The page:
This is the second edition of the annual joint ITU and UN Women Award to celebrate outstanding people and entities who champion gender equality in the field of ICTs. In 2014, APC’s “Take Back the Tech!
How is ICT use changing African societies? To what extent are ICTs fostering inclusive and participatory democracies? To what degree do they reinforce existing political and social institutions, practices and exclusions? The articles gathered in this edition of Perspectives capture the complex and plural ways in which Africans are attempting to use ICTs to democratise democracy on the continent, the challenges they face, and the valuable lessons learned.
The Istanbul Convention is a legal document that was presented by the Council of Europe in 2011.
APC welcomes the appointment of Mr. Joseph Cannataci as the first United Nations Special Rapporteur on the Right to Privacy, which was announced on 3 July. Cannataci’s appointment is a historic step to address the right to privacy at the global level.
In the Gender and Internet Governance Exchange (gigX) workshop last month, we, participants from different countries — Malaysia, Pakistan, Bangladesh, the Philippines, Thailand and Indonesia, were asked to arrange these words on a “ladder of hierarchy”.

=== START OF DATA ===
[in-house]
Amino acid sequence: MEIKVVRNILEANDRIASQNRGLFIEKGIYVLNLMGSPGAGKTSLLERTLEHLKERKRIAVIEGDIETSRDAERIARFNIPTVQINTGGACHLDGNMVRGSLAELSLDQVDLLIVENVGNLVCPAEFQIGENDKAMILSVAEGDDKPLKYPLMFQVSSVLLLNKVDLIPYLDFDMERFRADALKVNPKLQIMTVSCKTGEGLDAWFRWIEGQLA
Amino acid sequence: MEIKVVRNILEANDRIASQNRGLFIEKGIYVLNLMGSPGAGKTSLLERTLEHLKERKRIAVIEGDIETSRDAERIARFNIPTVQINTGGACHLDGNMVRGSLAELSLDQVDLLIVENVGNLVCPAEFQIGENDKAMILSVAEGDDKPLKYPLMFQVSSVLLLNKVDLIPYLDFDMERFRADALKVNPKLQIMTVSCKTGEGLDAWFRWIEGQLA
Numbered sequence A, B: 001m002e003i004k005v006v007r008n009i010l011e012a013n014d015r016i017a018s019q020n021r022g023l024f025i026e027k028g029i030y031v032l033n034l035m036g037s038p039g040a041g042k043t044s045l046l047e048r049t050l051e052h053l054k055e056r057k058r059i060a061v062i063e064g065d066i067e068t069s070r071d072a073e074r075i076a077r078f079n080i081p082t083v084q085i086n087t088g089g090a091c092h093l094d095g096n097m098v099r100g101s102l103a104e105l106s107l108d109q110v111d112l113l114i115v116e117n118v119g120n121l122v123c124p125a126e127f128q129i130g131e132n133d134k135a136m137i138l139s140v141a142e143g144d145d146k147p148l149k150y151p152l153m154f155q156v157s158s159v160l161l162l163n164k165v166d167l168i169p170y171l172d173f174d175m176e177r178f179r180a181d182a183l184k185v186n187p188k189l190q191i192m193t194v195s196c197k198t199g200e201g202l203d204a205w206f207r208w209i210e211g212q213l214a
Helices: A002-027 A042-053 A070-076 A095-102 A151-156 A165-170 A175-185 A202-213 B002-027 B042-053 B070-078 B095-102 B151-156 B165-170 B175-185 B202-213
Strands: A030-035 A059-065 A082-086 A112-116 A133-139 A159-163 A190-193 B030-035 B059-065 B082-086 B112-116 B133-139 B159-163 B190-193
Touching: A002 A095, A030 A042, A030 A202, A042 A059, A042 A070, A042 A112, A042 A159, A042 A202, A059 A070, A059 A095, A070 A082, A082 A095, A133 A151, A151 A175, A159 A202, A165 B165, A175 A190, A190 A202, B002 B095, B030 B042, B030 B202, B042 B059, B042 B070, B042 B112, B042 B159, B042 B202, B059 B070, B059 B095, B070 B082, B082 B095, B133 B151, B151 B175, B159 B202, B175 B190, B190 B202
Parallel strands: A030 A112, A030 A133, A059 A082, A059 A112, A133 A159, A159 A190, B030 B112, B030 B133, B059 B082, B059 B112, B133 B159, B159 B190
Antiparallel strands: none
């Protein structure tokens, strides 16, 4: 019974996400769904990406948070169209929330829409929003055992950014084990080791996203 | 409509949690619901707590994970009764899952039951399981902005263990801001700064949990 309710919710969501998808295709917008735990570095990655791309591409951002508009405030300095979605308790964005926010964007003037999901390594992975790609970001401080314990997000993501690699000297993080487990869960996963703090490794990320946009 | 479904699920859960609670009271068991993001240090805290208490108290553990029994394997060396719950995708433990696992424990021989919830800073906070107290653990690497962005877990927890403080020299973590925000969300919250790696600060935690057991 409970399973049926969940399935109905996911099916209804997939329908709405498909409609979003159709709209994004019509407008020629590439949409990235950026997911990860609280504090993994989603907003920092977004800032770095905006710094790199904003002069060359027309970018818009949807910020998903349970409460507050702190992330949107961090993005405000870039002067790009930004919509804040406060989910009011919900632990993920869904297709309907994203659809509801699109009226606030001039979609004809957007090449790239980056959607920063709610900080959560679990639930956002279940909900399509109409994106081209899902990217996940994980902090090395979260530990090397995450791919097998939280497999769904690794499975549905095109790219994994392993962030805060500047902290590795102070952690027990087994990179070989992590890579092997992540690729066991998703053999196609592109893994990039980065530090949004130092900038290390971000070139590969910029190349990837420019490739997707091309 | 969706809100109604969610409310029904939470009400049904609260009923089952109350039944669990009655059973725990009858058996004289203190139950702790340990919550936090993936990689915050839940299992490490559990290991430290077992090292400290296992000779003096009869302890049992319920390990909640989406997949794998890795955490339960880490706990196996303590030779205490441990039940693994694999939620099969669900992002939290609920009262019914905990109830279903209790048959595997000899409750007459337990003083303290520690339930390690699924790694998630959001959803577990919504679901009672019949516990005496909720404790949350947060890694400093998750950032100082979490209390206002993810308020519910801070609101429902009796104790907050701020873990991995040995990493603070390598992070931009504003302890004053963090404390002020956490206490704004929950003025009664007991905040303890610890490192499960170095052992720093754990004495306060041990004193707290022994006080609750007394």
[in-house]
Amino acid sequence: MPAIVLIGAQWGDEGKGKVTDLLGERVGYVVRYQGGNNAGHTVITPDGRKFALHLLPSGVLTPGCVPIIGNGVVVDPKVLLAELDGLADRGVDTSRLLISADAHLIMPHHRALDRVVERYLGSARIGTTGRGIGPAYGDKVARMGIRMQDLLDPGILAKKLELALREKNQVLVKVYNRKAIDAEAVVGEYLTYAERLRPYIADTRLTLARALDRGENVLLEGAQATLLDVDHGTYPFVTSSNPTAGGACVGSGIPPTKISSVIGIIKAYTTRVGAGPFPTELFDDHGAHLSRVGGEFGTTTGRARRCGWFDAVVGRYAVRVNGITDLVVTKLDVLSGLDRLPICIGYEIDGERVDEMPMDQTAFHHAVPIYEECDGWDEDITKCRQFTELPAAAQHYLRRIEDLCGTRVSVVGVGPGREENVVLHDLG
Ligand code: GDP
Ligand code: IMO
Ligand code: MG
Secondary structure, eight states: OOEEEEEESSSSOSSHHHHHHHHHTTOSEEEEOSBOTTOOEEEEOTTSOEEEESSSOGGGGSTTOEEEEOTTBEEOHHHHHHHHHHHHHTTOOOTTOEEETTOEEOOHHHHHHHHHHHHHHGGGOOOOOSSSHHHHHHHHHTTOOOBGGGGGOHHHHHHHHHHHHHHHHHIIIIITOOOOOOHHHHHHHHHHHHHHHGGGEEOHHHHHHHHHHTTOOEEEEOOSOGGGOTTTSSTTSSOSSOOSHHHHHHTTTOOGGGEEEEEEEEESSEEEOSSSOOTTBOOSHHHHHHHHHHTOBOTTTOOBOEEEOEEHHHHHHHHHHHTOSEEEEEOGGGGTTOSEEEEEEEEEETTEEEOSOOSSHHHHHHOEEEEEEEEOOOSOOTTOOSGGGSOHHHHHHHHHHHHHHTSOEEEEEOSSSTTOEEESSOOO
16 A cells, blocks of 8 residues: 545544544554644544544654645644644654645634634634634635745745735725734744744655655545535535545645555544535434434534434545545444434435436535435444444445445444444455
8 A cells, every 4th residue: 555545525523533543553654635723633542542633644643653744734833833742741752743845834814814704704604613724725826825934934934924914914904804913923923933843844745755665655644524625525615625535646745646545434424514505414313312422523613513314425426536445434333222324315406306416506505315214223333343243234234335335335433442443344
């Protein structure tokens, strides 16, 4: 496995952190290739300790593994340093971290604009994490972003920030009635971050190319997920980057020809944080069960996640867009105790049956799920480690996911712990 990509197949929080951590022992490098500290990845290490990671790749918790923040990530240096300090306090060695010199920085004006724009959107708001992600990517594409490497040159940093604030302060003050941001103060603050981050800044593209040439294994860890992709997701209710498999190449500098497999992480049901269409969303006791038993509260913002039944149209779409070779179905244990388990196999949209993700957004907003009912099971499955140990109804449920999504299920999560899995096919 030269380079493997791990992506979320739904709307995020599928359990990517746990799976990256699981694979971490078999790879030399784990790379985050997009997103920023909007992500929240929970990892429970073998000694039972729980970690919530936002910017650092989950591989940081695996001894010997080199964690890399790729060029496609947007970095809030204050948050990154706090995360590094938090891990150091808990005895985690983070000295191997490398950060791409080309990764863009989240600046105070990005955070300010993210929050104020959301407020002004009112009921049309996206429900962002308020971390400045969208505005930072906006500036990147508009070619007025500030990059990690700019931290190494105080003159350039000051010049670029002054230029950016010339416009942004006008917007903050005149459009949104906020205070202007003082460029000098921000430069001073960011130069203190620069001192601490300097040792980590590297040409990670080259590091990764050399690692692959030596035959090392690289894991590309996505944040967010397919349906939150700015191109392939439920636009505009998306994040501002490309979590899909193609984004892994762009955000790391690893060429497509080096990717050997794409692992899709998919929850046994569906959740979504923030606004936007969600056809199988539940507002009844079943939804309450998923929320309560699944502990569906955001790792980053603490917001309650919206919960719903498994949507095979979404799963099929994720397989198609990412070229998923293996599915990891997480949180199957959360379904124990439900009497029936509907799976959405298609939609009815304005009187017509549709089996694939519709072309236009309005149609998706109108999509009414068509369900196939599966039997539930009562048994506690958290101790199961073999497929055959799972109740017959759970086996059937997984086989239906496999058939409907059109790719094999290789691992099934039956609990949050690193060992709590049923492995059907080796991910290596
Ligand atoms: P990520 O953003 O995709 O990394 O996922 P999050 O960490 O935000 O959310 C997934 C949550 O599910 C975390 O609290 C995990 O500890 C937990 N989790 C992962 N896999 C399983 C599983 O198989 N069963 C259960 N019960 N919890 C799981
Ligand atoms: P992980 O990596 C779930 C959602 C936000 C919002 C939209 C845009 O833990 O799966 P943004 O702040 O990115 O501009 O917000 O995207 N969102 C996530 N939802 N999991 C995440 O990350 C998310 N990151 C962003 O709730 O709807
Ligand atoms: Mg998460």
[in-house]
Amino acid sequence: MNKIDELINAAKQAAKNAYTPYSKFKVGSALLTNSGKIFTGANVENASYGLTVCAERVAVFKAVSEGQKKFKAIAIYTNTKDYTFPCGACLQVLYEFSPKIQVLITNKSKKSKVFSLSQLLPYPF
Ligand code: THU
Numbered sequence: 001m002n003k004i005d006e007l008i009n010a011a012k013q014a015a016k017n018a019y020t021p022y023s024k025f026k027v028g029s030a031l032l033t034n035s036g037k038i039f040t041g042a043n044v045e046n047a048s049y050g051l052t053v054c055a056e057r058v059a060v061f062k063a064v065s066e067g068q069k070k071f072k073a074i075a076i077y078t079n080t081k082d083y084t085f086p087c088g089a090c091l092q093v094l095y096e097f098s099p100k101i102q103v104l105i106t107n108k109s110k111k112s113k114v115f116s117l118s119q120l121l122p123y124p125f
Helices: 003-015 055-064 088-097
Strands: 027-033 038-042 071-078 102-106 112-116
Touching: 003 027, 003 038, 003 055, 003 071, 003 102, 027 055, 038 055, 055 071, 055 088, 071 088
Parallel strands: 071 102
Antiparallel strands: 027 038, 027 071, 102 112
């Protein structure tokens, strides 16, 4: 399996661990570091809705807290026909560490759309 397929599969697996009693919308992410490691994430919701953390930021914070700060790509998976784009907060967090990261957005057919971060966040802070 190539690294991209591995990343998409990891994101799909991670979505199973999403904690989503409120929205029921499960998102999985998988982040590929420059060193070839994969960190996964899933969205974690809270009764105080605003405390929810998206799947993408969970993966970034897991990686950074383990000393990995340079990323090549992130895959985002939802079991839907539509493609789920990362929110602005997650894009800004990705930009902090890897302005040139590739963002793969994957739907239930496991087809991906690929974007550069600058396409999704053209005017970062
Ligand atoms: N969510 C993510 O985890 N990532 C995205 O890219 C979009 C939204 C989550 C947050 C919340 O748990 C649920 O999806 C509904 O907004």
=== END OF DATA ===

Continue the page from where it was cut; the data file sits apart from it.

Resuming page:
- Married man
- Unmarried man
- Married woman, un
The second Imagine a Feminist Internet meeting organised by the Association for Progressive Communications will take place in Malaysia on 22-24 July 2015, as a continuation of the space opened in 2014. Share your analysis and thoughts on how you imagine a feminist internet using #imagineafeministinternet and join the conversation on Twitter!
APC submits a statement to UN special rapporteur on the promotion and protection of the right to freedom of opinion and expression, David Kaye, that makes the case that whistleblowers need strong legal protections to protect them from retaliation and enable them to report offences safely and freely.
Since the mid 1980s, more Filipino women than men were leaving the country for various destinations abroad. Most of the women working abroad were domestic workers, 98% of them. The number of migrant women in health and medical fields, hotels, restaurants and shops and other services sector are also bigger.
Two concepts glared at me: Feminist? Internet governance activist? Am I all that? See, I tread carefully around labels because I encounter people who “are “allergic” to the word ‘feminist’ or ‘activist’.